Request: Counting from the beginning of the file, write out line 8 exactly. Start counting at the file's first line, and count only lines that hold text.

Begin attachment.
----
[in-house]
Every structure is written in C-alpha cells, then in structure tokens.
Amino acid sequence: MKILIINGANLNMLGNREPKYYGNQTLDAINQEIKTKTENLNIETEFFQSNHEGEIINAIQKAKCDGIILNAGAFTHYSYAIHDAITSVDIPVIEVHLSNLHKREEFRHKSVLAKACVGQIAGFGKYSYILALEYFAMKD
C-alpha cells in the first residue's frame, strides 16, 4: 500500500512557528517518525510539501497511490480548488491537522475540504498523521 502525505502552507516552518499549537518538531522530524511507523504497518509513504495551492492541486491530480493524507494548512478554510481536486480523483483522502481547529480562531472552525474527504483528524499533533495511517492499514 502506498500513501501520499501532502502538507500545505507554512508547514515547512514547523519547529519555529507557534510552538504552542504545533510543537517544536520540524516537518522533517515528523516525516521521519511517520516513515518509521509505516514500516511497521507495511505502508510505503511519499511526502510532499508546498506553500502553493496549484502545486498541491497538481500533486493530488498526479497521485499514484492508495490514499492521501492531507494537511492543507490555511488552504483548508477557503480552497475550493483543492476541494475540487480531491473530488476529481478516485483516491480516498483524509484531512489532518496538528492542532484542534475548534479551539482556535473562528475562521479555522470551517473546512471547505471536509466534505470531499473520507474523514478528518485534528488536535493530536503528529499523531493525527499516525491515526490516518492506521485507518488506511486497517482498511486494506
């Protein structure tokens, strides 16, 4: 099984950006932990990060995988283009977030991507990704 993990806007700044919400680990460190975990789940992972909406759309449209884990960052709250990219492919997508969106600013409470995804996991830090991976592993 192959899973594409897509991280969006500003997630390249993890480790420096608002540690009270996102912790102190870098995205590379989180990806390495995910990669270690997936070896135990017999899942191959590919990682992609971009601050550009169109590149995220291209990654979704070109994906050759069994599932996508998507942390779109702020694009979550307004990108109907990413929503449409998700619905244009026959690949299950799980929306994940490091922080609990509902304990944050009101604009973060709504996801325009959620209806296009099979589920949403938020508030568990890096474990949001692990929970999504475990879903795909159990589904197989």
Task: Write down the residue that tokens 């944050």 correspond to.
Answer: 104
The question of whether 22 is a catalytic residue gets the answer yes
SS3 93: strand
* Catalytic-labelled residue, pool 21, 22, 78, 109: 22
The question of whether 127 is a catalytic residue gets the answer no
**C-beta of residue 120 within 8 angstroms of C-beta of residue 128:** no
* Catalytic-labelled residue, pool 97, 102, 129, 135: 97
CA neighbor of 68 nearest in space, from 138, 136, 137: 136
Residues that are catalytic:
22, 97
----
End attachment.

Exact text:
The question of whether 22 is a catalytic residue gets the answer yes